New Law Focuses on Concealing Breaches
Bill would set national breach notification standard
June 17, 2011
A new bill advanced in the U.S. Senate today would set a national minimum requirement for companies to notify affected consumers when they suffer data breaches.
The law, introduced by Democratic Sen. Patrick Leahy of Vermont, would override the widely varying data breach reporting mandates that now exist in almost all states, according to a report from Bloomberg News. Under the new law, any company that "intentionally or willfully" hides any aspects of a data breach from lawmakers or consumers could be hit with penalties that include fines and prison time of up to five years.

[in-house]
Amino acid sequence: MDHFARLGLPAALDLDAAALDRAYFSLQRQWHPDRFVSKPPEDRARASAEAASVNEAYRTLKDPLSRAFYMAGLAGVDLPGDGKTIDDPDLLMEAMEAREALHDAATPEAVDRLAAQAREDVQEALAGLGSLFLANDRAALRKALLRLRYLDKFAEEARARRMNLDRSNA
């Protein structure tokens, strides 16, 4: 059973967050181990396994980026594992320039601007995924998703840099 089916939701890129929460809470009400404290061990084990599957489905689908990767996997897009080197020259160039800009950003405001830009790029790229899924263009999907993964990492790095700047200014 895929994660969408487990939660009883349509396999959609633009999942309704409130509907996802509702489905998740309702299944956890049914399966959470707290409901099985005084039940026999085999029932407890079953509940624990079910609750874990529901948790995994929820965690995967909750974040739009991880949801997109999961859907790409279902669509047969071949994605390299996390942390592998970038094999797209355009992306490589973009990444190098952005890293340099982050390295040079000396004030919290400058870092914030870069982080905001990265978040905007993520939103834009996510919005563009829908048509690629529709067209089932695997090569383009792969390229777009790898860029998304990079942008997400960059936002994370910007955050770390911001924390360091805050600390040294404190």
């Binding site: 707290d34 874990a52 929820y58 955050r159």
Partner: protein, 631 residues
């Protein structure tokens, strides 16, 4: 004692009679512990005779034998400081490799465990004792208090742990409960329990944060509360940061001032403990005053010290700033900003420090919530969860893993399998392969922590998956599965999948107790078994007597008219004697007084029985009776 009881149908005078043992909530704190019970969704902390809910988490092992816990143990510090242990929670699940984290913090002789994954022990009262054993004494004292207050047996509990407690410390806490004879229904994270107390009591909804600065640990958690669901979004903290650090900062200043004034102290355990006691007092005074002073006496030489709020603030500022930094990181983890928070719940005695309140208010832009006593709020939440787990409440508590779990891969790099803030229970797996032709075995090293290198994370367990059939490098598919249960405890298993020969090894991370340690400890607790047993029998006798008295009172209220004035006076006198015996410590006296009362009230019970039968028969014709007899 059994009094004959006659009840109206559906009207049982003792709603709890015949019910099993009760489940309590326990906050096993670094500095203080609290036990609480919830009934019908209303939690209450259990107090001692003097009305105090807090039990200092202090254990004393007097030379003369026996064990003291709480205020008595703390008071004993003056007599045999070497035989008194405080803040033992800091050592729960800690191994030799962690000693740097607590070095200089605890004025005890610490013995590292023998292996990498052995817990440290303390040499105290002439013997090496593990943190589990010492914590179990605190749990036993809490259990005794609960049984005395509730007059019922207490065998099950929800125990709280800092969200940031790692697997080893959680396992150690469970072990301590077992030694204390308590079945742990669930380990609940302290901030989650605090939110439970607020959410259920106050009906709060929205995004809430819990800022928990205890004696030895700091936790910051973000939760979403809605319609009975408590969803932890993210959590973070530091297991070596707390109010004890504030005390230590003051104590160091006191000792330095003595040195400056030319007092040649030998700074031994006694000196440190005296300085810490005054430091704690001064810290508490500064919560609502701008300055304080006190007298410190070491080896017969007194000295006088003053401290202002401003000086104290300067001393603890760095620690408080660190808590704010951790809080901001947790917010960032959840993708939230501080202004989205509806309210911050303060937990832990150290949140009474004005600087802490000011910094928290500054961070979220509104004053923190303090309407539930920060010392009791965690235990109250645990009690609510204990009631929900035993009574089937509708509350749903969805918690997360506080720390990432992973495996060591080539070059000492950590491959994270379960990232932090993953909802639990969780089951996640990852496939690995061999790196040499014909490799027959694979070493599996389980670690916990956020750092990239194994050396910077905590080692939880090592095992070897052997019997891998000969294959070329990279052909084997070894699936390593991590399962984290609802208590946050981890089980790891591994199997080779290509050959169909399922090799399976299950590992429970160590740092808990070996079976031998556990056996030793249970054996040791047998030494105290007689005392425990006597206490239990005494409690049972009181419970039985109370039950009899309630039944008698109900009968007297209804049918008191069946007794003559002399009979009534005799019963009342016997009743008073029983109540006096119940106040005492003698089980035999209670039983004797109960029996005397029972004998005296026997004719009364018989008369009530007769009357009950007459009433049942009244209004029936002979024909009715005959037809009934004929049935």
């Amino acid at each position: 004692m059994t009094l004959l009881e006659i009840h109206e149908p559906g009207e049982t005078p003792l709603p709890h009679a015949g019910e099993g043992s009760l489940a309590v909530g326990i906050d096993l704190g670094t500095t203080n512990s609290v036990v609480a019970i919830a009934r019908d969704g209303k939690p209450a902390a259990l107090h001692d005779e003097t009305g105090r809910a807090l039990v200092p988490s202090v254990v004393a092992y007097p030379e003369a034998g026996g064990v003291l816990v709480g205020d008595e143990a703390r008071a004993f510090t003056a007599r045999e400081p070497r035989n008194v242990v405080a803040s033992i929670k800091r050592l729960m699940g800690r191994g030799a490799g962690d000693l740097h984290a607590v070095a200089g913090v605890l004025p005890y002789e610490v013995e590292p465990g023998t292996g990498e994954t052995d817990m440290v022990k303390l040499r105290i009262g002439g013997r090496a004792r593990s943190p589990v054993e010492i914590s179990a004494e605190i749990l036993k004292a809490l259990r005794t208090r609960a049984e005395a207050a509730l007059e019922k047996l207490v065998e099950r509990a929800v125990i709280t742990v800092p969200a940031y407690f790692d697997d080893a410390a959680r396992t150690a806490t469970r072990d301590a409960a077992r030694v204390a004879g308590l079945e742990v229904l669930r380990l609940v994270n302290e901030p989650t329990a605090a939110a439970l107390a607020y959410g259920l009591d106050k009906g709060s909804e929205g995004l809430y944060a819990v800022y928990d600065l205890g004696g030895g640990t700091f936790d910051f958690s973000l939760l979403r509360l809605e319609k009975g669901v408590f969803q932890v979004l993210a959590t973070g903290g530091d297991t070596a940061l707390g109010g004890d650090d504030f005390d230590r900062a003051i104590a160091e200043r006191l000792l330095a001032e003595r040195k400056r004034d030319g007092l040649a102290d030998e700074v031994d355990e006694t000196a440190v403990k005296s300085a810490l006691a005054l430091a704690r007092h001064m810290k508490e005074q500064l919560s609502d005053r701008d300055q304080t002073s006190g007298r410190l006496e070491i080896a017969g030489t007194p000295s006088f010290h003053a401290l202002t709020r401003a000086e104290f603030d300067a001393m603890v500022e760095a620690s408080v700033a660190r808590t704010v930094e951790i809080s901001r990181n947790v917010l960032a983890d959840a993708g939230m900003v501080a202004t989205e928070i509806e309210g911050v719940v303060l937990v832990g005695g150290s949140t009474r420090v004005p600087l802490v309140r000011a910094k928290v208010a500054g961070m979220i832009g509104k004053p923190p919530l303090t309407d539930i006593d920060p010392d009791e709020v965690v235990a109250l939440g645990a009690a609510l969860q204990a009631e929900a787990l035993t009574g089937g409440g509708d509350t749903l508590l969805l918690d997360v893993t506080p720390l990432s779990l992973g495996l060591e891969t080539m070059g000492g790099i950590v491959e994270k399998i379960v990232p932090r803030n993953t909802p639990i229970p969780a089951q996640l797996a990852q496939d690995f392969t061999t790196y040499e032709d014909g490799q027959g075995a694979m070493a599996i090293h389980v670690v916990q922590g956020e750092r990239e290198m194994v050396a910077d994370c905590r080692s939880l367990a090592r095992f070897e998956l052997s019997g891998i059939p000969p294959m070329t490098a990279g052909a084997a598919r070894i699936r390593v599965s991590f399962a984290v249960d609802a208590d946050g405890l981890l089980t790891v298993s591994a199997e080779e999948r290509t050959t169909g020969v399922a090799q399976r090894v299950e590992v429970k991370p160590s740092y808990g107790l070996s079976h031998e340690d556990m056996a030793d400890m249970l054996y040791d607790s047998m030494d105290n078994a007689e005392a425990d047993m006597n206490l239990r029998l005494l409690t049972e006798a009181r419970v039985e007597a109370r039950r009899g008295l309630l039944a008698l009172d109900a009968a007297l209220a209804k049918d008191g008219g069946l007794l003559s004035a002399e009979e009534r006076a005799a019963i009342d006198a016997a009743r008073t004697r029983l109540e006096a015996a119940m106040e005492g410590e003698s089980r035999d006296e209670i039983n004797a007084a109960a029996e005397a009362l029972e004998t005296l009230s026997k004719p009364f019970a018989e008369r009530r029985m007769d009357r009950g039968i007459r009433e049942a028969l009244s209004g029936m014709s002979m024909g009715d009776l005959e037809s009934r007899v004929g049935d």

"The many recent and troubling data breaches in the private sector and in our government are clear evidence that developing a comprehensive national strategy to protect data privacy and security is one of the most challenging and important issues facing our country," Leahy said in a statement.
Leahy, who chairs the Senate Judiciary Committee, has introduced similar bills several times in the last six years, the report said.
Currently, only Alabama, Kentucky, New Mexico and South Dakota do not have state data breach notification requirements.
©2003-2012 Identity Theft 911, LLC. All rights reserved.